U.S. Joins Afghan Leaders for Grand Opening of Counternarcotics Police Compound

Posted by Jennifer Vitela
June 18, 2010
Ambassador Wayne Joins Afghan Leaders for Opening of Counternarcotics Center in Kabul

About the Author: Jennifer Vitela serves as Assistant Information Officer at U.S. Embassy Kabul.

In support of Afghanistan's fight against illegal drugs, Deputy Ambassador E. Anthony Wayne participated in the Grand Opening Ceremony for the new Counternarcotics Police of Afghanistan Headquarters Compound in Kabul on June 17, 2010.

“The international community, together with the citizens of Afghanistan, applaud the Counternarcotics Police of Afghanistan. We appreciate the fact that CNPA officers put themselves at great risk to fight the scourge of illegal drugs,” said Ambassador Wayne.

During the ceremony, Ambassador Wayne announced that the U.S. government's support of $12.9 million to build the compound in Kabul will be augmented with $3.9 million annually for operations and maintenance at the facility. The CNPA's new headquarters will improve coordination efforts to combat the illegal drug trade because now the organization's leadership will be located in a single facility.

“The narcotics trade and its resulting negative effects are among the greatest challenges facing Afghanistan today. The illicit drug trade funds those who stand against Afghanistan and harms many innocent Afghans,” said Ambassador Wayne.

Ambassador Wayne announced that the Embassy has asked the U.S. government for $250 million this year to support counternarcotics efforts in Afghanistan. This figure is in addition to the hundreds of millions of dollars spent by the international community and the United States Agency for International Development to support licit economic opportunities in recent years.

Mohammed Fahim, the First Vice President of Afghanistan, thanked the United States for its support and said he hoped in the future that Afghanistan would be able to stand on its own feet and be an equal partner in fighting illegal drugs. He added, “The trade and cultivation of narcotics is banned under Islam and we should do everything in our power to stop it.”

The CNPA is mandated as the lead agency charged with enforcing the counternarcotics laws of Afghanistan. The new five hectare CNPA Headquarters facility will bring together in one location major counternarcotics and rule of law-related institutions, including the Counternarcotics Justice Center, the National Interdiction Unit Compound, the Sensitive Investigations Unit Compound, and the Afghan Marshal Service Compound.

The CNPA is currently allocated 3725 positions and is expected to grow in the coming year. In addition to the uniformed force, the CNPA features three specialized units: the National Interdiction Unit (NIU) and the Sensitive Investigations Unit (SIU), mentored by the Drug Enforcement Administration, as well as the Aviation Interdiction Unit (AIU), mentored by the Department of Defense.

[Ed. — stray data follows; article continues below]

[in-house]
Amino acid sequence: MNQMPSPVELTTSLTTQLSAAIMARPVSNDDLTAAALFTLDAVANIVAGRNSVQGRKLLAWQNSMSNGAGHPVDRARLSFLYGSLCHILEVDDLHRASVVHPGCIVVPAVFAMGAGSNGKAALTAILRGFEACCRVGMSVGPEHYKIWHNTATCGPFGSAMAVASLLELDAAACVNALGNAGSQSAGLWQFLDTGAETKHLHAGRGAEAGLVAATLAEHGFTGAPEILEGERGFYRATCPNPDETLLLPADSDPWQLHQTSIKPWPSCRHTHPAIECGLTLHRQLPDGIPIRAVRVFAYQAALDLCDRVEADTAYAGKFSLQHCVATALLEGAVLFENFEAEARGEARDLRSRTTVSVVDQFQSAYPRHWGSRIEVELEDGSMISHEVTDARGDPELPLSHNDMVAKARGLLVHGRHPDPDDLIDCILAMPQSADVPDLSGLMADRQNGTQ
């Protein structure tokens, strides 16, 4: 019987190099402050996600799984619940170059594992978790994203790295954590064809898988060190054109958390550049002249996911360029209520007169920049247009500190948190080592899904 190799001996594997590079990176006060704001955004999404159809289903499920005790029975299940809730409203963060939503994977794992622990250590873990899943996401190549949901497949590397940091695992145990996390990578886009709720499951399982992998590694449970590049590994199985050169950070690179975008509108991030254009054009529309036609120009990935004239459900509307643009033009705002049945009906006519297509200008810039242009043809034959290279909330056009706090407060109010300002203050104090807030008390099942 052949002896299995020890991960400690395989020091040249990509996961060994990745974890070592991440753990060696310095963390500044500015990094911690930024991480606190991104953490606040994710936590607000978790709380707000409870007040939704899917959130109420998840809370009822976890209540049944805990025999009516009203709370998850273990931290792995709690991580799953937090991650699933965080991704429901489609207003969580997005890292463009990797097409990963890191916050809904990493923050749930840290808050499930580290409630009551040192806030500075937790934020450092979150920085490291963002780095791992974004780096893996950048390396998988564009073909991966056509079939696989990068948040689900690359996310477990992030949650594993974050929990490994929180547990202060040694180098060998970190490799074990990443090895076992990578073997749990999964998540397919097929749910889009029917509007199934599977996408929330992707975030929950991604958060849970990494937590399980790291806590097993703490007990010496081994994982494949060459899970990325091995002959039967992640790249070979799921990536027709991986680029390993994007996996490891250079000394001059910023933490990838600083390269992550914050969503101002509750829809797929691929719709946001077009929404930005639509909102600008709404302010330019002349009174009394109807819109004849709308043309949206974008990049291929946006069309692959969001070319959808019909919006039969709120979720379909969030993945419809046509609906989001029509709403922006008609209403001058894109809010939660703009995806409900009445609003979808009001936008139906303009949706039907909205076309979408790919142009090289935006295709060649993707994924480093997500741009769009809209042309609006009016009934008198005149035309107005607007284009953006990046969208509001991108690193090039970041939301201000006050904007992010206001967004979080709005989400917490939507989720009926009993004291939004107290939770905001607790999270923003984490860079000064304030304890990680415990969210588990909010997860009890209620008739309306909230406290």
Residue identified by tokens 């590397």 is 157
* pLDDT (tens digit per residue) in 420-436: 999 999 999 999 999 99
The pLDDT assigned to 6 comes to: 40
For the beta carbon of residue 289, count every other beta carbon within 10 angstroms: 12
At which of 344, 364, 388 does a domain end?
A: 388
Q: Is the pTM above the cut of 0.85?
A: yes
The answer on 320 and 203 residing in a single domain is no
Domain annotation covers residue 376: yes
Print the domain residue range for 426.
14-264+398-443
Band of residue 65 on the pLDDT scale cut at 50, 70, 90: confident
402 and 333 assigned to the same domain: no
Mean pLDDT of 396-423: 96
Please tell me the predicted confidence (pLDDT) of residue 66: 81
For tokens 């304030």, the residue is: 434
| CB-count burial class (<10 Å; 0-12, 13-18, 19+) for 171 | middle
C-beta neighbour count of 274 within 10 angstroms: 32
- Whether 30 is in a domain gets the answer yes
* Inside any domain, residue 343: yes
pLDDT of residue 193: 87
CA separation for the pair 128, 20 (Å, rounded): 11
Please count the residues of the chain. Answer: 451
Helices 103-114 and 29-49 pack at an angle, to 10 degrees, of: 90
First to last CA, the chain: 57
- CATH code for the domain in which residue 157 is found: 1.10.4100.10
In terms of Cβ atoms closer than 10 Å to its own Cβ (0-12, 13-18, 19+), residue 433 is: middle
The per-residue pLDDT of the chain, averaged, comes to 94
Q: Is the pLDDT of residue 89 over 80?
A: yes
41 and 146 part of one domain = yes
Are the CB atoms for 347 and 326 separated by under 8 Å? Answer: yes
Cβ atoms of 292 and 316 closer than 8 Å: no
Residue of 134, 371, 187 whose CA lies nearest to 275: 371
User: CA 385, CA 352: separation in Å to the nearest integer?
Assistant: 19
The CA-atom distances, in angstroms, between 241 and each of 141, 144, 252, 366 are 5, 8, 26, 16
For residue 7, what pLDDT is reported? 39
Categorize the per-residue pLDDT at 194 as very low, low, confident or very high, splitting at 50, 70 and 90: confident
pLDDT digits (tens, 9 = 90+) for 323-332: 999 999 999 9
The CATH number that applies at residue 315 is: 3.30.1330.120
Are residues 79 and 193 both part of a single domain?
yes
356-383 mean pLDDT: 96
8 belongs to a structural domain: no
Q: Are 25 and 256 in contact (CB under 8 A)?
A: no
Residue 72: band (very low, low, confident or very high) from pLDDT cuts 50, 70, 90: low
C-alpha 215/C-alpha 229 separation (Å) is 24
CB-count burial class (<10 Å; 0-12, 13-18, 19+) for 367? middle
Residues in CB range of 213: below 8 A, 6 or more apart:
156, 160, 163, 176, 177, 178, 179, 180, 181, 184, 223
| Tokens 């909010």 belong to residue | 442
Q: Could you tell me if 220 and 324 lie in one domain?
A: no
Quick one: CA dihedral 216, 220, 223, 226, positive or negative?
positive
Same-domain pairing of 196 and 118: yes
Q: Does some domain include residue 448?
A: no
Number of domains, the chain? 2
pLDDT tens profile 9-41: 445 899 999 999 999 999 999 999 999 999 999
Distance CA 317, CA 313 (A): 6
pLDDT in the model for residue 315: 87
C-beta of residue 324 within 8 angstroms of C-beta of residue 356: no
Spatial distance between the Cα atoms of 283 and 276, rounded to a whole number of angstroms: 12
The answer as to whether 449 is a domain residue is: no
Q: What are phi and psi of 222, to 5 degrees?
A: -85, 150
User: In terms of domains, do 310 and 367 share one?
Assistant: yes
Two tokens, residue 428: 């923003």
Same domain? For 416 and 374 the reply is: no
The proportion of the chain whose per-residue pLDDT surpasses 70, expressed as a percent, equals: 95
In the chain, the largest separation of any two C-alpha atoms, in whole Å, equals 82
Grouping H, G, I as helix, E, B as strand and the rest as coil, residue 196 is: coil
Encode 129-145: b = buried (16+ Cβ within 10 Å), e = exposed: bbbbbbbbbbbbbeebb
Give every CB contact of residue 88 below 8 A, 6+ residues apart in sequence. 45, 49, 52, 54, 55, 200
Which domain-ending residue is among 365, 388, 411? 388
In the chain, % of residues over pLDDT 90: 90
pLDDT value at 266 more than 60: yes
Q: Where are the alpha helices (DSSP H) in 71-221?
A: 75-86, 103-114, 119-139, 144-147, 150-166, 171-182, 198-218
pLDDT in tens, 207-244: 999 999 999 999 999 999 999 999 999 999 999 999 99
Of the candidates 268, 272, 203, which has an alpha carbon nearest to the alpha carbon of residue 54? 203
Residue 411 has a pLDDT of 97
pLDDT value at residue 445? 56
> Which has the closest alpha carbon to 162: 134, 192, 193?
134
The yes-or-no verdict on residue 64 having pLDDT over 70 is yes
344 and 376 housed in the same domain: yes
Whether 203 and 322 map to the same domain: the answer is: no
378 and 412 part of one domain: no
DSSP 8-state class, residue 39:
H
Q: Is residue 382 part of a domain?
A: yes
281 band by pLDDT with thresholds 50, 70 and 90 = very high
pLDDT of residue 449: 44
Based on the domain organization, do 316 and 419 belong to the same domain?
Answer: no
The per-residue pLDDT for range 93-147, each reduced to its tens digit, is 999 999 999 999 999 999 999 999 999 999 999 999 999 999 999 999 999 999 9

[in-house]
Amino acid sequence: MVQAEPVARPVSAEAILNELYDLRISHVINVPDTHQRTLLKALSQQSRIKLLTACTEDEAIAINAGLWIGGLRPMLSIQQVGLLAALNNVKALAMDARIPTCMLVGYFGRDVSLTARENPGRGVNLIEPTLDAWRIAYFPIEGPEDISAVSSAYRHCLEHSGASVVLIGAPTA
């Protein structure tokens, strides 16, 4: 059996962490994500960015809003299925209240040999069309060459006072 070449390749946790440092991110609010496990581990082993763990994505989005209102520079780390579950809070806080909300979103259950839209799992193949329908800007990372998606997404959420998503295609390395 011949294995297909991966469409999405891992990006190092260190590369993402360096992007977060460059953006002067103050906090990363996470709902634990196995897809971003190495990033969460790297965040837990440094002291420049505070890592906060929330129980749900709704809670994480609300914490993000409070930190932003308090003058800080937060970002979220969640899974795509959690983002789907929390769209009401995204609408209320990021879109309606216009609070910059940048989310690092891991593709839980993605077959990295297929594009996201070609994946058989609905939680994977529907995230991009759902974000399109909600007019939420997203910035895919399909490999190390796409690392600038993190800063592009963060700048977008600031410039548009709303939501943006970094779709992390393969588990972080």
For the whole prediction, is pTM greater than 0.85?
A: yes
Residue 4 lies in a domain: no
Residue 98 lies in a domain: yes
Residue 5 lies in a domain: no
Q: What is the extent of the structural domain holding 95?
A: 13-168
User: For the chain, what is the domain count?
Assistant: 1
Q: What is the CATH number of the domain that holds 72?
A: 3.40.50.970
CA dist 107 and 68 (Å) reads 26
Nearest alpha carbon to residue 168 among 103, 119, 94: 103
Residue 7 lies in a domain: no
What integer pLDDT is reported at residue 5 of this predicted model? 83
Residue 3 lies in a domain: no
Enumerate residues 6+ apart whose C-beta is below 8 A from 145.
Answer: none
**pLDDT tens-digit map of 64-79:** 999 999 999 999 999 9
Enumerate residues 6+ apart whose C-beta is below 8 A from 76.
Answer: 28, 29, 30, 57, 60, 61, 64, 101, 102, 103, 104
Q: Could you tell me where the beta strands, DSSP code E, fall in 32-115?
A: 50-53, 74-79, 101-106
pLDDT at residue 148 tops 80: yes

Comments

Comments

Haji K.
June 21, 2010

Haji J.K. writes:

A step in the right direction!

CNPA is finally getting the attention it deserves. CNPA has been neglected since its creation in 2004. The USG was heavily focused on eradication and failed to realize the potential of the regular CNPA.

According to a recent GAO report, the USG has spent U.S. 1 billion dollars on interdiction and another U.S. 1 billion dollars on eradication. Where are the strategic effects?

Roughly 90% of the Counter-narcotics Judicial Center (CNJC) cases are from regular CNPA. The specialized units are too small to create strategic effects. Development and sustainment of regular CNPA is the answer to long term strategic and sustainable strategic effects.

The relationship between insrugency and the drug trade is becoming stronger, according to news reports. How is the USG and and GIRoA going to turn the tide against narcotics-insrugency-corruption nexus? Time is running out!

OysterCracker
|
United States
June 28, 2010

O.C. in the U.S.A. writes:

This is an interesting concept but how does it work if Karzai and his brother are the region's biggest heroin dealers?

OysterCracker
|
United States
June 28, 2010

O.C. in the U.S.A. writes:

I was wondering too if America set up a sort of tool loaning library as big as Home Depot and only loaned tools to legitimate (non heroin producing farmers) if this in some way might entice some farmers to crossover to the other side. They could have fun little lamb, chicken raffle events to entice farmers to join the produce coalition instead of the heroin coalition. They can have workshops on building big chicken coops that maximize a farmer's profit or a lesson on grafting cherry trees. Constantly engaging and helping farmer's improve their farms keeps them busy so their not building bombs. If every week there is something new to learn, the farmer's will come, wondering what cool new, giveaway they might get. After a time, a farmer will have so many farm animals to take care of that he won't be able to leave his farm which increases overall security.

Eric
|
New Mexico, USA
July 1, 2010

Eric in New Mexico writes:

@ Jennifer,

I was wondering how folks @ Embassy Kabul were going to cope with a 4 billion dollar cut in developmental funding, since Congress is all about doing a backflip on supporting the mission while questions of accountability exist.

Do you have the funds to sustain the programs in place through a period of congressional audit?

In my opinion, if this results in half-built hospitals and schools left standing idle as mute testiment to people's greed, then those who claim our efforts pointless will have the monuments to failure erected in their honor they so dearly crave to see become reality.

.

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